Jeremy Lin: China and Taiwan compete for claims to NBA star

Sure, Jeremy Lin was born in California and struggles to speak Mandarin, but China and Taiwan both see themselves in the Knicks basketball star.

By , Correspondent

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    New York Knicks' Jeremy Lin (17) dribbles the ball as Miami Heat's Norris Cole defends during their NBA basketball game in Miami, Florida, Thursday.
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Everyone wants a piece of the New York Knicks basketball player Jeremy Lin. He’s almost as hot a topic as an island in the South China Sea. And though there will be no Navy called on over this battle, China and Taiwan are staking their claims to Mr. Lin's success story.

As the Knicks’ only Asian player suddenly lifted his team to seven straight wins this month after years of struggle on the court, people throughout Taiwan found a sudden passion for the NBA and lauded Lin as one of their own.

Taiwanese enthusiastically point out that Lin’s parents lived on their island before moving to the US where he was born.

Recommended: In Pictures Linsanity! Knicks star Jeremy Lin

But just as Taiwan is claiming him based on his parent’s birthplace, China has also been swept up in the 'Linsanity' and found reason to claim him too: One of Mr. Lin’s grandmothers was born in the Chinese province of Zhejiang, trivia hardly overlooked in China’s official media. Like most in Taiwan, the Lin family ancestry traces back to China, just some 160 kilometers (100 miles) away.

In fact, waves of citizens from China are so excited about Lin, they’re urging the 23-year-old 6 foot 3 point guard to play for the Chinese Olympic team, because after all, he’s Chinese, they say.

No matter that he was born in California, that he reportedly struggles to speak Mandarin, or that he has made only a handful of visits back “home.”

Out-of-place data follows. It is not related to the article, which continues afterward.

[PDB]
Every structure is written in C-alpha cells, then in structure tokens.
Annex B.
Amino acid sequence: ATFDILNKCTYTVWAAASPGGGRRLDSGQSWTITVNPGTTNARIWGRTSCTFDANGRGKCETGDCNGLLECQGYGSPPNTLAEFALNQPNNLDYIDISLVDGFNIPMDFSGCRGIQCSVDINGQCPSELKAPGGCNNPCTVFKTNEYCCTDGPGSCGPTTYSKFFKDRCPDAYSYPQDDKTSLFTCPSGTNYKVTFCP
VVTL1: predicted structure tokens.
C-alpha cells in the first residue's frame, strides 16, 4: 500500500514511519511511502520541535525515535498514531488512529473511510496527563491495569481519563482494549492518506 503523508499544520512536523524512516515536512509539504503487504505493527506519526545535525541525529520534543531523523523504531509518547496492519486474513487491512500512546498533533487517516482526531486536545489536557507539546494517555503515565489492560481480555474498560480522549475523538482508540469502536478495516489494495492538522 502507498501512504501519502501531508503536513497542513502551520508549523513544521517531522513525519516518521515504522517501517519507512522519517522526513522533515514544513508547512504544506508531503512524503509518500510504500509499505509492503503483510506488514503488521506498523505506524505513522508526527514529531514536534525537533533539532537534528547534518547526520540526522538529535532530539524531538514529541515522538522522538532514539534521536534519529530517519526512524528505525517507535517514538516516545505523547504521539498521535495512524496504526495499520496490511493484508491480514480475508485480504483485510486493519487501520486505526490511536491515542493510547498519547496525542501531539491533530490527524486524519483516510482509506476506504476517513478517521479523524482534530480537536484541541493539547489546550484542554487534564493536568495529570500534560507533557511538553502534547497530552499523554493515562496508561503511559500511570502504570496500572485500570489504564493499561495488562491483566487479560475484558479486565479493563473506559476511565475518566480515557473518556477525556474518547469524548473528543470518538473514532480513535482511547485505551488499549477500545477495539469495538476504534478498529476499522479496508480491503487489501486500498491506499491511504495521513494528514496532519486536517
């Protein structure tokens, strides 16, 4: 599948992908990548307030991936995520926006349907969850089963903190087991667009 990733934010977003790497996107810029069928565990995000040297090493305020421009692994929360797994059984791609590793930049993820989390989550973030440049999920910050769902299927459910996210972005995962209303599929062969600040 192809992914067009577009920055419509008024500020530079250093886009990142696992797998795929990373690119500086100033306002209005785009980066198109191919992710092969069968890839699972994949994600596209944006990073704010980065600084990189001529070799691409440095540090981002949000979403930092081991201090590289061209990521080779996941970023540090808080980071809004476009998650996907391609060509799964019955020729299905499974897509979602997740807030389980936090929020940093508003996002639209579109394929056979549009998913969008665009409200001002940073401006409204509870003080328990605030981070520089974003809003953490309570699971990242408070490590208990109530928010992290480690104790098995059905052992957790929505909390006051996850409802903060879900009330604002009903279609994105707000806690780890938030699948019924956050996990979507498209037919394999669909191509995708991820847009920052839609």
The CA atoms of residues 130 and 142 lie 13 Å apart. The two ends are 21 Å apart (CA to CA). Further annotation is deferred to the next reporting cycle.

At the end of the claim game, however, Asia is positioned to win over the player who has averaged more than 20 points per game this month, his first major effort for the Knicks. If the fans in Asia don’t woo Lin, the sports marketers sizing him up right now just might.

“If he carries on the way he is, he’s going to be a marketing sensation not only in the United States but pan-Asia,” says Mark Thomas, managing director of the S2M Group, a sports management firm in Shanghai. His “huge” value is still being calculated, Mr. Thomas says. But according to the China Daily, Forbes magazine placed his  worth around 100 million yuan ($15.9 million), and has already been registered as a trademark by a Chinese businesswoman.

Taiwanese, overshadowed for decades by China – the island’s giant political rival in sport as well as diplomacy – are notoriously quick to spot and claim Taiwan-influenced over-achievers.

“Even though he grew up overseas … he’s a Taiwanese, that’s right,” says Monica Wang, an interior decorator and basketball player from Taipei. “We think it’s a source of pride for us.”

Chinese officials meanwhile see ethnic Chinese abroad as part of a united race ultimately tethered to today’s China. The achievements of foreign nationals of Chinese heritage, such as US Ambassador Gary Locke, stir patriotism and confidence in the communist leadership.

Beijing, incidentally, also claims sovereignty over self-ruled Taiwan, so by extension all Taiwanese and Lin along with them are Chinese, so their argument goes.

Still, amid the back and forth of sports media and fans across the Taiwan Strait, China's Communist government, mindful of its international image, has stayed out of the Jeremy Lin identity debate.

“Imposing China's NBA dream on him and even calling on Lin to give up his US citizenship to play for China in the coming Olympics, as some in the media have suggested, goes too far,” the Communist Party-run Global Times newspaper said. “There is no need to overly interpret Jeremy Lin's identity.”

Editor in chief at Esquire Taiwan magazine isn’t so sure. Basketball fans from Thailand and even the Philippines will celebrate Lin, says Chen Sheng-hong. They see themselves in him. Until now, the Asian sports stars ­– like Yao Ming – have been taller, stronger players that are hard to identify with.

As “Linsanity” draws Chinese and Taiwanese alike to the TV to root for the New York Knicks, advertising companies no doubt see Jeremy Lin as a man to identify with.

On Sina, the China’s version of Twitter, Lin went from 190,000 followers on Feb. 2 to more than 1 million followers as of Feb. 16.

As for Lin? Mr. Thomas of the sports management group says, “Jeremy Lin needs to surround himself with intelligent people who can tell him how to build his brand long term.”

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